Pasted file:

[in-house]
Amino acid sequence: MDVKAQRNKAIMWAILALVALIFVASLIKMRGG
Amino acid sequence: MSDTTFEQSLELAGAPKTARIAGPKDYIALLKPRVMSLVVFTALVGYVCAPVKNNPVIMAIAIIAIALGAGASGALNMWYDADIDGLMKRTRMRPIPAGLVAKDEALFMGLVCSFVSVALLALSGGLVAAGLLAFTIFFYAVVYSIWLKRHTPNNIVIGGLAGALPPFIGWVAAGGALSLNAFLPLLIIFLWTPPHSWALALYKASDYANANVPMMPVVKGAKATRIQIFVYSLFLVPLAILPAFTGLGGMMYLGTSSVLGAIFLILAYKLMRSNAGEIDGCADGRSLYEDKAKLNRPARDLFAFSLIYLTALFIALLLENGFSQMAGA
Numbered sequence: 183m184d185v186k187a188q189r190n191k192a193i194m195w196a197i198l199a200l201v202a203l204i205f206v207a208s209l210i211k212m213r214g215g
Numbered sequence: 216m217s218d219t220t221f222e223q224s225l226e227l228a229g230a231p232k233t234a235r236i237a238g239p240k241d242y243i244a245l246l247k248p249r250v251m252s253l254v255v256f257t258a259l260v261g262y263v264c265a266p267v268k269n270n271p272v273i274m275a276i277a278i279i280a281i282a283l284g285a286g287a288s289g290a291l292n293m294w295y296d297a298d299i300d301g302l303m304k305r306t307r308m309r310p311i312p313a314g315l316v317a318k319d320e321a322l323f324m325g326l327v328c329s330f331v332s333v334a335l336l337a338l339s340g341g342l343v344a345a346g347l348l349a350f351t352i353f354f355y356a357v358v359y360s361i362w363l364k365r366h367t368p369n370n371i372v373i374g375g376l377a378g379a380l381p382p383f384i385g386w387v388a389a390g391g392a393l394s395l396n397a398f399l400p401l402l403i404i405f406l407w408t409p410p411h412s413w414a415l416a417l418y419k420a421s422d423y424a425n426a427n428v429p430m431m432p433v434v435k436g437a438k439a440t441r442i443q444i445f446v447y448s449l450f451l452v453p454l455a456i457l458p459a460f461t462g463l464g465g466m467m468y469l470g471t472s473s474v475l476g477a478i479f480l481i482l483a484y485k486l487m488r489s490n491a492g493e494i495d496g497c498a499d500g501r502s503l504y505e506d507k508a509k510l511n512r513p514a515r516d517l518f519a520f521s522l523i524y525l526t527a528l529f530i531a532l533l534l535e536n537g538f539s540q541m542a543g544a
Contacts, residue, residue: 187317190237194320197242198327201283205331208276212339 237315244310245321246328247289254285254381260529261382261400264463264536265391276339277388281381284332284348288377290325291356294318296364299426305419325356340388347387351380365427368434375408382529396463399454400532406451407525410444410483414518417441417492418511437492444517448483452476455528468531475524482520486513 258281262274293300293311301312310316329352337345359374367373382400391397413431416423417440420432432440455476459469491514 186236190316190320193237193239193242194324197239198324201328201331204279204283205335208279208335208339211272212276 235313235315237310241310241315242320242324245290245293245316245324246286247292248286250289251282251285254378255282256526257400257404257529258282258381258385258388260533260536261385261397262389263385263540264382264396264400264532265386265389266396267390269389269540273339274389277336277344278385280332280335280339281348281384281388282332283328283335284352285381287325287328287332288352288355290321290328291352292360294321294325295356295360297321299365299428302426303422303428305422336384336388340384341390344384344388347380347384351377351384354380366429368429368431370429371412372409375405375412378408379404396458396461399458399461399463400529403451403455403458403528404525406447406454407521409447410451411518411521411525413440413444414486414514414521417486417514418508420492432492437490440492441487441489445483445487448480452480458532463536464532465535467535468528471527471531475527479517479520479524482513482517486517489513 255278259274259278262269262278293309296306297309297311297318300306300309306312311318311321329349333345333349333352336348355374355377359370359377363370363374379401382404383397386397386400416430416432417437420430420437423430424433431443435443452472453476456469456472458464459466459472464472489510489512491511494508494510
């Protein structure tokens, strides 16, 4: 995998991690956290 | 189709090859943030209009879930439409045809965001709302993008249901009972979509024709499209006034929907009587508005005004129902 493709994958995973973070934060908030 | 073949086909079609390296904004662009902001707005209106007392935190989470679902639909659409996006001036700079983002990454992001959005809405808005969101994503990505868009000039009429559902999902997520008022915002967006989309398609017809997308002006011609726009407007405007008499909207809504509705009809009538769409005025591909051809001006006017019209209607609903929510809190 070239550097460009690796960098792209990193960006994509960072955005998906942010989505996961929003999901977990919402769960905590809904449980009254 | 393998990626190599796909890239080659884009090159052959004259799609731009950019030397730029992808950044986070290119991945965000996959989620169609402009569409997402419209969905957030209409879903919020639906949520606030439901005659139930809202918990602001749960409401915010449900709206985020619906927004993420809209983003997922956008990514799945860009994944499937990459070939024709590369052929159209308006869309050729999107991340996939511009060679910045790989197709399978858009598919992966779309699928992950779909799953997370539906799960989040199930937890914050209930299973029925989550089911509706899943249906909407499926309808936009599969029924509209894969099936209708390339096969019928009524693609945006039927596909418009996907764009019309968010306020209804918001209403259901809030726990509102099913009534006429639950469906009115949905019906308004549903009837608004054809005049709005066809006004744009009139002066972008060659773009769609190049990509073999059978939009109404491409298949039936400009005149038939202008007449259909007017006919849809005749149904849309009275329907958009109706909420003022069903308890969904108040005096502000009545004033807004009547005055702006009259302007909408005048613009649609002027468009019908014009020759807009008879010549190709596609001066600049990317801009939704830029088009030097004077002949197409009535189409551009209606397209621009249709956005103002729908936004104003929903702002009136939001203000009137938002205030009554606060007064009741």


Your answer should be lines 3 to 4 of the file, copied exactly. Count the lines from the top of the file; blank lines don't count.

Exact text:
Amino acid sequence: MSDTTFEQSLELAGAPKTARIAGPKDYIALLKPRVMSLVVFTALVGYVCAPVKNNPVIMAIAIIAIALGAGASGALNMWYDADIDGLMKRTRMRPIPAGLVAKDEALFMGLVCSFVSVALLALSGGLVAAGLLAFTIFFYAVVYSIWLKRHTPNNIVIGGLAGALPPFIGWVAAGGALSLNAFLPLLIIFLWTPPHSWALALYKASDYANANVPMMPVVKGAKATRIQIFVYSLFLVPLAILPAFTGLGGMMYLGTSSVLGAIFLILAYKLMRSNAGEIDGCADGRSLYEDKAKLNRPARDLFAFSLIYLTALFIALLLENGFSQMAGA
Numbered sequence: 183m184d185v186k187a188q189r190n191k192a193i194m195w196a197i198l199a200l201v202a203l204i205f206v207a208s209l210i211k212m213r214g215g